For centuries, green tea has been associated with good health. Green tea’s health benefits may be due to its high level of antioxidants, called flavonoids. Several fresh-brewed cups a day can lead to potential health benefits. These include lower blood pressure and reduced risk of cardiovascular disease.  So put the kettle on and drink up the benefits.

 

8. Add colour to your meals 
Your greens isn’t the only one to help boost your immune system, eating and cooking with all colours of the rainbow will help you get a wide range of vitamins, such as vitamin C.  While there’s no evidence that vitamin C can reduce the severity or length of illness, studies show that it may help the immune system ward off colds and flus, especially in those who are stressed. Don’t think just popping a vitamin C tablet will keep you covered though, this study used natural fresh fruit and vegetables - not synthetic tablets.

 

But if you have trouble eating your fruits and vegetables at every meal, try our BOOST Superfood Infusion at least you can be assured it’s a 100% natural food -  not a synthetic man-made, chemically derived tablet!

 

9.  Be social 

Doctors have long seen a connection between chronic disease and loneliness, especially in people recovering from heart surgery. Some health authorities even consider social isolation a risk factor for chronic diseases and suggests that social isolation may increase stress, which slows the body’s immune response and ability to heal quickly.

 

10. Get a flu vaccine 

The Centre for Disease Control and Prevention recommends that all people over six months of age get a yearly flu vaccine. However, exceptions should be made for certain people, including those who have severe allergic reactions to chicken eggs. A severe allergy leads to symptoms such as hives or anaphylaxis.  People who have had severe reactions to influenza vaccinations in the past should also avoid yearly vaccines. In very rare instances, the vaccine may lead to the development of Guillain-Barré syndrome so best to speak to your Doctor or health professional.

 

11. Practice good hygiene 

Limiting your exposure to illness by avoiding germs is key to remaining healthy. Here are some other ways you and your family can practice good hygiene:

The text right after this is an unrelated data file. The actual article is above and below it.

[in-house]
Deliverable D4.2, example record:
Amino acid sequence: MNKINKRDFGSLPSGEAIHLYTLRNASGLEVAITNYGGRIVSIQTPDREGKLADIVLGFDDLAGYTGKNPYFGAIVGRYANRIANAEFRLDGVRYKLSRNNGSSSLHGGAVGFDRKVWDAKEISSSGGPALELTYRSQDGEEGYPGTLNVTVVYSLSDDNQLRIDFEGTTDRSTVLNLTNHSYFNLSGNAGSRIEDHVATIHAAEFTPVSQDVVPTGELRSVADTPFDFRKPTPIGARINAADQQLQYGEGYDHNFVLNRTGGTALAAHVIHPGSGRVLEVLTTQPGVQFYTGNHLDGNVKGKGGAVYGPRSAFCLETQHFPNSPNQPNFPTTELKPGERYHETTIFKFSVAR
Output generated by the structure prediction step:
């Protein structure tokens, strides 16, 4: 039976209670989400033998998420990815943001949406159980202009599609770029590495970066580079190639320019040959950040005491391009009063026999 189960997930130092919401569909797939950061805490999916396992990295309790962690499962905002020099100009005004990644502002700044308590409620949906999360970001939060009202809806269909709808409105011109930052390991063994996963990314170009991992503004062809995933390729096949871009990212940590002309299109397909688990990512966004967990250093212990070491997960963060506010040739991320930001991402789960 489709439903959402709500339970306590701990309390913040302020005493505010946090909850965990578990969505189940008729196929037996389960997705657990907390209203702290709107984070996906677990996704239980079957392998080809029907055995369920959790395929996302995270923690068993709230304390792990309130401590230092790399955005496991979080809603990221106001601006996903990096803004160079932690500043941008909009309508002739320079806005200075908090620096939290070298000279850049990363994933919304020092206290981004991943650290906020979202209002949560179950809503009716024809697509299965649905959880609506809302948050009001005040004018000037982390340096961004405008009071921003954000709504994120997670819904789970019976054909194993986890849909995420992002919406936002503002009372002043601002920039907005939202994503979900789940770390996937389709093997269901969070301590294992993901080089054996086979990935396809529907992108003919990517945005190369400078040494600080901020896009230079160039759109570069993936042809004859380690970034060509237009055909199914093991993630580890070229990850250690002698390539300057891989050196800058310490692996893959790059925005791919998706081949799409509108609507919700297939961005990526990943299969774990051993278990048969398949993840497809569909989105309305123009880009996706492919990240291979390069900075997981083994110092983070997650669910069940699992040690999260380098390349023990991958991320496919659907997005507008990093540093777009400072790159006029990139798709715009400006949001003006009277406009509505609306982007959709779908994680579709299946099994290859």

• Wash your hands before eating or preparing food.

  • Wash your hands before inserting contact lenses or performing any other activity that brings you in contact with the eyes or mouth.

  • Wash your hands for 20 seconds and scrub under your fingernails. 

  • Cover your mouth and nose with a tissue when coughing or sneezing. 

  • Carry an alcohol-based hand cleaner for on-the-go use. Disinfect shared surfaces, such as keyboards, telephones, doorknobs, and remote controls.

  • Shower daily.

12. Keep it personal 
Viruses can generally survive on surfaces for 24 hours, according to the National Health Service. That leaves plenty of time for germs to spread among family members. Just one sick child can pass an illness to your entire family in the right setting. So avoid sharing germs by keeping personal items separate. These items include:

  • toothbrushes

  • towels

  • utensils

  • drinking glasses

Wash contaminated items — especially toys that are shared — in hot, soapy water. When in doubt, opt for disposable drinking cups, utensils, and towels.

 

Take home message
Staying healthy is more than just practicing a few good techniques when you don’t feel well. It involves regular exercise, healthy foods, and staying hydrated throughout the day.  Your body works hard to keep you moving and active, so make sure your nourish it to remain in tip-top shape!

 

 

Keep your immune system strong with either EnergyPlus Recovery or Nourish Superfood Infusions. Both designed to strengthen your immune system, plus fight mental and physical fatigue.